It's been a while around here. I wish I had some funky, exciting reason for why I've been missing from this space but instead all I have to say is that I fell sick. It's been a while since I've fallen sick, so when I got hit, I got hit realll bad! Of course, with perfect timing, I fell sick a few days before Diwali and its been a slow and cautious recovery since then. And with that, my Diwali post for which I had grand plans were junked because forget going near the kitchen, I wasn't going near any food! And while this is a bit late in the day, I hope you had a beautiful Diwali with your family and friends!!
And like I said earlier, it's been a slow recovery out here. The food cravings have returned but I have been advised to take it easy. And then, just like that, this week, I have been feeling good enough to want to pre-heat the oven!!
Not wanting to risk the recovery by baking something that would be too heavy or rich, I decided to ease back into things by zeroing in on these biscotti. These are coffee biscotti that have been flavoured with cinnamon and cloves and then, for good measure, some chocolate chips. And what works in their favour is how easy it is to make them.
These biscotti do not really score on their looks but you can't fault them on their flavour. The dominant flavour is that of cloves which is a refreshing change to the usual cinnamon that I tend to lean towards. The coffee got a bit lost but then maybe I should have gone for a stronger brew. And those chocolate chips can only make everything better.
Since, there is no butter, these biscotti are crunchy which means they are perfect for dipping into those steaming cuppas that this season calls for.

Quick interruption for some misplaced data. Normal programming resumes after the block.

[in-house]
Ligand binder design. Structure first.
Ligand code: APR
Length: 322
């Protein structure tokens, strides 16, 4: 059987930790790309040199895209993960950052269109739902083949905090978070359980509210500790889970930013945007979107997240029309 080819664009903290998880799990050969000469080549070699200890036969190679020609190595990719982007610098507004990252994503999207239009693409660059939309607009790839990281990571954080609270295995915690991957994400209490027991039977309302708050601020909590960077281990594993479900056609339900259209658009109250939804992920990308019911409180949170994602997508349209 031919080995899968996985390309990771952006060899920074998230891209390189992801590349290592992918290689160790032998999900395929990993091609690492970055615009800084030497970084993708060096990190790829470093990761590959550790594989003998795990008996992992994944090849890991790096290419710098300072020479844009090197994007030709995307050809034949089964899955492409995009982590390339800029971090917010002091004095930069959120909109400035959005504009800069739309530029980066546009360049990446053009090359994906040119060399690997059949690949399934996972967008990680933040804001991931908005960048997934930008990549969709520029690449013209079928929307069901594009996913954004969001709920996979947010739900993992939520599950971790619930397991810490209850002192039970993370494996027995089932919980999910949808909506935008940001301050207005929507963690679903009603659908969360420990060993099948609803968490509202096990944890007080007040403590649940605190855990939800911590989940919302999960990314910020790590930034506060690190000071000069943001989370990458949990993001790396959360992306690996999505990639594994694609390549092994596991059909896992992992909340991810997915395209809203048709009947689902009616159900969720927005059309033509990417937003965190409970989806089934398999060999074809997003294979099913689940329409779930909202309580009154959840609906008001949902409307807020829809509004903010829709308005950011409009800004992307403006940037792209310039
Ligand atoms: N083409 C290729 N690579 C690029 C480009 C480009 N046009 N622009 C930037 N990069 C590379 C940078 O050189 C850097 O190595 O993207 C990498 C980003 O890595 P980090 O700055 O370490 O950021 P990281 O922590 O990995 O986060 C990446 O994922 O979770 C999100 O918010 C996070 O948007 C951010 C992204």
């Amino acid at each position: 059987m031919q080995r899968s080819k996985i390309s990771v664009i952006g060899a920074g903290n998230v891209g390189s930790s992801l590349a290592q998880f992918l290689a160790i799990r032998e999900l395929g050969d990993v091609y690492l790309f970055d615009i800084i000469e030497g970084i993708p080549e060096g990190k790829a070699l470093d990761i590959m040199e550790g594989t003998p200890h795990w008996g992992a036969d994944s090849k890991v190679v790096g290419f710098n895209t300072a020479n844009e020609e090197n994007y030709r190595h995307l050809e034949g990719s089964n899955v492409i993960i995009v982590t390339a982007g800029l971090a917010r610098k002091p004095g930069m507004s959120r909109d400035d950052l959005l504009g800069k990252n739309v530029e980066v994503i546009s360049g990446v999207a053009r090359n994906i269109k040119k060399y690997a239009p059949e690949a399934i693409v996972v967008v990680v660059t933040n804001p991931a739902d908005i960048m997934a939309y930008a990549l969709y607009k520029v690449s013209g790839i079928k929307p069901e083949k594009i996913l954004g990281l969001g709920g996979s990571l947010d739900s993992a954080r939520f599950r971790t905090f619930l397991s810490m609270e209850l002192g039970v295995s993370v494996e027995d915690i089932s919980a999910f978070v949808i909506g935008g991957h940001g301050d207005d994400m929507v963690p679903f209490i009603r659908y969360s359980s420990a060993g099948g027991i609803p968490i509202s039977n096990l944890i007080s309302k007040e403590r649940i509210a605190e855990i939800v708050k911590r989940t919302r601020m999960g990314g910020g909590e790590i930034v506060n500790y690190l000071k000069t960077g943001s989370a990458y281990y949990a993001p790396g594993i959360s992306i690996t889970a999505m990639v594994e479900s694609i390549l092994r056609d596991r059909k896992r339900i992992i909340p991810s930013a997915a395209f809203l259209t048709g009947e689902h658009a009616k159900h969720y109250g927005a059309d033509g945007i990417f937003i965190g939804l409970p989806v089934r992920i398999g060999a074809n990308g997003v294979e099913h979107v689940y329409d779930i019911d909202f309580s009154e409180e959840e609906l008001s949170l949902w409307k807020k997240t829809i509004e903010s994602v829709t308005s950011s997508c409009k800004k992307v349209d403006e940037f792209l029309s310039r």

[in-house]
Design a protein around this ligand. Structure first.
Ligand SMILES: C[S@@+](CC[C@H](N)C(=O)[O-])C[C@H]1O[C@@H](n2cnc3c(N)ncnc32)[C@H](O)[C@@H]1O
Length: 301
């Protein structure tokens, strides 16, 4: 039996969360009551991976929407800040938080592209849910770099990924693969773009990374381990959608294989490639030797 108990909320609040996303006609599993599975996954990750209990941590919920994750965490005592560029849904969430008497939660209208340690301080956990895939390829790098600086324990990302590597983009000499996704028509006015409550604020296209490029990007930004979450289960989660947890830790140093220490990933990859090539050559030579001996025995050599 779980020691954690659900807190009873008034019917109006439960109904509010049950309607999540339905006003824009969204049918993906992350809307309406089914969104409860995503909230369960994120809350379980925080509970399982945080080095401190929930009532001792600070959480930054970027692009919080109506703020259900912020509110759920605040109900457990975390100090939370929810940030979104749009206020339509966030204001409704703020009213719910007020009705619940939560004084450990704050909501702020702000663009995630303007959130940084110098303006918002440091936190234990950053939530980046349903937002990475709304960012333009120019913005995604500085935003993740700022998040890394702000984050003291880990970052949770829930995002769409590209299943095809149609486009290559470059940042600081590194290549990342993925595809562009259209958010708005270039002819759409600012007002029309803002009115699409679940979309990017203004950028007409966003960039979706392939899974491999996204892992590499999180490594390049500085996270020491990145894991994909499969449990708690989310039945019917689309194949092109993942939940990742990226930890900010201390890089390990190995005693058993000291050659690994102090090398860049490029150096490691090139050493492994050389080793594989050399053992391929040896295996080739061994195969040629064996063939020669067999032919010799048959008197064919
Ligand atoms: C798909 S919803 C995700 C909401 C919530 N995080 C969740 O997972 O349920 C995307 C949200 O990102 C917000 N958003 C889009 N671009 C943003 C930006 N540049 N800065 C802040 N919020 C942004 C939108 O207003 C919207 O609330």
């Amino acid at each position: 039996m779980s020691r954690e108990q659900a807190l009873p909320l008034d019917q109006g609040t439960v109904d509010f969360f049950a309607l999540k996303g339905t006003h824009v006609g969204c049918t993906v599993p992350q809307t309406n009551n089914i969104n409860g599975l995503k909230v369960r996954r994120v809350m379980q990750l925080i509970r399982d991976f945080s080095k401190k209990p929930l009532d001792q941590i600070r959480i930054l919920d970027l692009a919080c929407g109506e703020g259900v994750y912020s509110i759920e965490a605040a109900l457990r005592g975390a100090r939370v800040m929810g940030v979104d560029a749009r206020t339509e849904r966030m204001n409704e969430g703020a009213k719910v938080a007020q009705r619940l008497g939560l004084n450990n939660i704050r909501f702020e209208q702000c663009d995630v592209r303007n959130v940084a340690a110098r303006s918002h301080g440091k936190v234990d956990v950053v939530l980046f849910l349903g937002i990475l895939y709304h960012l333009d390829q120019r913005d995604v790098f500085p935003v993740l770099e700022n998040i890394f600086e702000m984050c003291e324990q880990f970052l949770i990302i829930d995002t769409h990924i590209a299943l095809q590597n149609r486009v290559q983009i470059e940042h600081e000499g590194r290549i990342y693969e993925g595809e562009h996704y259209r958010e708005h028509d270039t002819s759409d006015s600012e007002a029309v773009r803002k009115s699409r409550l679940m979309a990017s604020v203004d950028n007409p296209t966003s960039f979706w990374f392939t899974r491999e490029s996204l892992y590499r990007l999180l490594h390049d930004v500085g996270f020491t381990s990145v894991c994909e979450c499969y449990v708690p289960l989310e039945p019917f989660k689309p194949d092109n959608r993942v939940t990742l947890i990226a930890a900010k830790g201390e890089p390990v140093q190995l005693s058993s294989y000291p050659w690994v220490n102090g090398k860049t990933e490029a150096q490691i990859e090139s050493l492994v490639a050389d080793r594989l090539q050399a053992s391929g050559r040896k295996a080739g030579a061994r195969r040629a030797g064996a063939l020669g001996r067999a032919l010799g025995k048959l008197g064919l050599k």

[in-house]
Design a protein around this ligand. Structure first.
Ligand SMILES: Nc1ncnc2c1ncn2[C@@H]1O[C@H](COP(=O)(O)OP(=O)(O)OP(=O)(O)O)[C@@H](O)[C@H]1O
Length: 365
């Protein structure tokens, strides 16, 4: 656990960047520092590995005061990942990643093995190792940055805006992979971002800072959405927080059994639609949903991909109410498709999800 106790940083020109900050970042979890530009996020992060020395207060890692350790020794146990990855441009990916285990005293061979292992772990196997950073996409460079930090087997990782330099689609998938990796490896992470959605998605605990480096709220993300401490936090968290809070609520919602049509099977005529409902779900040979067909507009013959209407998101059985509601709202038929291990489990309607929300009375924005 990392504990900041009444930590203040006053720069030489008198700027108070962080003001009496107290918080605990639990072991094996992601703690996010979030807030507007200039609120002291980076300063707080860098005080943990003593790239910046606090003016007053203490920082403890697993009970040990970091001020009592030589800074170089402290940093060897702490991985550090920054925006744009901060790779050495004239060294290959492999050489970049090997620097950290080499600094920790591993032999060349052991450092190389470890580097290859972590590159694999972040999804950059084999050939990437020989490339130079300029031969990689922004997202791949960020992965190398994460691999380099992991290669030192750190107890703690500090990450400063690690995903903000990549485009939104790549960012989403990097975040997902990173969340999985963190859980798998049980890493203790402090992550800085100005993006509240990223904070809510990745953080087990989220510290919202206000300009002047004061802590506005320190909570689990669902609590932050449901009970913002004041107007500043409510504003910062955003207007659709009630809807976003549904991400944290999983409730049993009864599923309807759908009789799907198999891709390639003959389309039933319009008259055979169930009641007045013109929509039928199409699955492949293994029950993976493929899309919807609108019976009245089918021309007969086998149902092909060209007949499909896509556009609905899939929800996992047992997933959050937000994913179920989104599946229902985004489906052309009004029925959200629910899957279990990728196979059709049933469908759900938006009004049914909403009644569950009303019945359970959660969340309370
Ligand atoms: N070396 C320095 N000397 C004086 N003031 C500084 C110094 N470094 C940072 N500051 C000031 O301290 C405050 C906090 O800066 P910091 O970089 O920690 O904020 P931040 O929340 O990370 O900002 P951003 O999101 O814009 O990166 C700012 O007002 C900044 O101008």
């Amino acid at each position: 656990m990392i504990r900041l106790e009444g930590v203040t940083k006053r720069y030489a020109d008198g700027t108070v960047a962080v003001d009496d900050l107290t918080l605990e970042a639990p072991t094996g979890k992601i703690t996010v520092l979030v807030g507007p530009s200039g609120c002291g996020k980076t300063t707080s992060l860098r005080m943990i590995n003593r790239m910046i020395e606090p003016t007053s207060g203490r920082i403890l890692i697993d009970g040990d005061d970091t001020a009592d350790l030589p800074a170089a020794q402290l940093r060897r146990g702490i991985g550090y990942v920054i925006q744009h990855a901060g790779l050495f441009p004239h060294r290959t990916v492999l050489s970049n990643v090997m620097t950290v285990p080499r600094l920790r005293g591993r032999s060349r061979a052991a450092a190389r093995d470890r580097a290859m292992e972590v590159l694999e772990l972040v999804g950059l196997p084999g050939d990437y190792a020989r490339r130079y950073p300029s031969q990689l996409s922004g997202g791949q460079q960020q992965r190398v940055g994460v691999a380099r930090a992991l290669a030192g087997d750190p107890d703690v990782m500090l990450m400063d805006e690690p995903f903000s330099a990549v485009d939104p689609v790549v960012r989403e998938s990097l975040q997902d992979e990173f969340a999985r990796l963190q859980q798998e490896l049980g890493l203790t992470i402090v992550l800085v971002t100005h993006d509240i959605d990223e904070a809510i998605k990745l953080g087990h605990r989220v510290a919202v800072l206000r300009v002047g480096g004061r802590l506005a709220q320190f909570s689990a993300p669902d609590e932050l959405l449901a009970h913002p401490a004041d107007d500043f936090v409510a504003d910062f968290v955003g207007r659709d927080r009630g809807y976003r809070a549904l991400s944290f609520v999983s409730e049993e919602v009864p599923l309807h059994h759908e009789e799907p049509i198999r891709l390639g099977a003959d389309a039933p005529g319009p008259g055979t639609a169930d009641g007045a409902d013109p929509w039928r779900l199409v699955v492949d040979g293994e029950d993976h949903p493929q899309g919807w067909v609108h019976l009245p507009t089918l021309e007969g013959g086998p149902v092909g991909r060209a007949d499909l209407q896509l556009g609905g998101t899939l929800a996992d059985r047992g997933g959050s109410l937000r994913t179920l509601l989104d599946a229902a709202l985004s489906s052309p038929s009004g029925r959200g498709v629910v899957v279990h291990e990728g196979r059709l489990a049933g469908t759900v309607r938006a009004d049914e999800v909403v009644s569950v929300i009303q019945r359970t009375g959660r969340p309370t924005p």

I should hopefully be getting back into the groove with the blog over the next few days. In the meanwhile, how have you been?? Hope life's been treating you well!!

Saturday, 4 October 2014

Khaman Dhokla - Steamed Savoury Cake

These days, every morning, the area outside the porch of my mother's home is carpeted by these delicate white flowers with orange stems. These fragile flowers belong to the Parijat (Harsingar) trees planted just outside the gate. They bloom as the sun sets, perfume the night air with their fragrance and then as dawn arrives, they fall to the ground. It is magical sight to wake up to. Carefully collected from the ground, they are offered to the Gods. They flower from September to November, just in time for India's festive season, from Ganesh Chaturthi to Navratri to Diwali.

And talking about Navratri, if there is one festival that Gujaratis wait for all year round, it has to be Navratri. As someone who traces half her roots back to Gujarat, I have been privy to the sheer madness that overtakes the community for the nine nights of Navratri. The rest of the country celebrates Navratri too, but the Gujaratis take it to new, and if I might admit, embarrassing heights. You may bemoan the crass commercialism that has crept in and overtaken the festival but you can't take away the excitement and euphoria that fills the air as they dance the night away.
So, I couldn't let Navratri go by and not pay homage to my Gujarati roots. If there is one dish the country associates with Gujarat, it is the dhokla. While the Gujarati and his dhokla has been the topic of many a joke, it is a dish very close to the Gujarati palate and rightly so! 
It is a steamed cake made from gram flour, flavoured with green chillies and ginger and topped with a tempering of mustard and sesame seeds. Like every other Gujarati dish, the heat in the dish is countered with a little bit of sugar. Extremely simple to make and made in under thirty minutes, this is a delightful tea-time snack.
You can taste the spice with a hint of a sugar and it does not overpower the palate. It is steamed and resultant lightness in texture is always a good thing. The tempering on top provides its own flavours and texture that complete the flavours of this dish. Paired with coriander chutney, you discover its charm for yourself!!